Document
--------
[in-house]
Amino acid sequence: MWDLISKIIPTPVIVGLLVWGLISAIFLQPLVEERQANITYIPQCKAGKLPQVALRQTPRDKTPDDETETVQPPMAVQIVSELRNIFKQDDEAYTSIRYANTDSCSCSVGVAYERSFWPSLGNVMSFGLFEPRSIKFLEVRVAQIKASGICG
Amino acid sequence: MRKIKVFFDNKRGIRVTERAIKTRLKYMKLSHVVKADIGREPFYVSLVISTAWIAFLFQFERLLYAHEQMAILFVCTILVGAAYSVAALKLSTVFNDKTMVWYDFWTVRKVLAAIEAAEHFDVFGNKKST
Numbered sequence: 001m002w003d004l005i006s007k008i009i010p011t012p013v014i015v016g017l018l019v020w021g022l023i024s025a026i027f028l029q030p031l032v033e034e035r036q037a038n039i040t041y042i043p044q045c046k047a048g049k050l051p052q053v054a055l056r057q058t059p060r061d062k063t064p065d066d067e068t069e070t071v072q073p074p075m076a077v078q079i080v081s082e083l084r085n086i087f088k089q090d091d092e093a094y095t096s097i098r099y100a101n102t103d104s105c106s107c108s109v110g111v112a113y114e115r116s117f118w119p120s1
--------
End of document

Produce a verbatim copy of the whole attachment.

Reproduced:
[in-house]
Amino acid sequence: MWDLISKIIPTPVIVGLLVWGLISAIFLQPLVEERQANITYIPQCKAGKLPQVALRQTPRDKTPDDETETVQPPMAVQIVSELRNIFKQDDEAYTSIRYANTDSCSCSVGVAYERSFWPSLGNVMSFGLFEPRSIKFLEVRVAQIKASGICG
Amino acid sequence: MRKIKVFFDNKRGIRVTERAIKTRLKYMKLSHVVKADIGREPFYVSLVISTAWIAFLFQFERLLYAHEQMAILFVCTILVGAAYSVAALKLSTVFNDKTMVWYDFWTVRKVLAAIEAAEHFDVFGNKKST
Numbered sequence: 001m002w003d004l005i006s007k008i009i010p011t012p013v014i015v016g017l018l019v020w021g022l023i024s025a026i027f028l029q030p031l032v033e034e035r036q037a038n039i040t041y042i043p044q045c046k047a048g049k050l051p052q053v054a055l056r057q058t059p060r061d062k063t064p065d066d067e068t069e070t071v072q073p074p075m076a077v078q079i080v081s082e083l084r085n086i087f088k089q090d091d092e093a094y095t096s097i098r099y100a101n102t103d104s105c106s107c108s109v110g111v112a113y114e115r116s117f118w119p120s1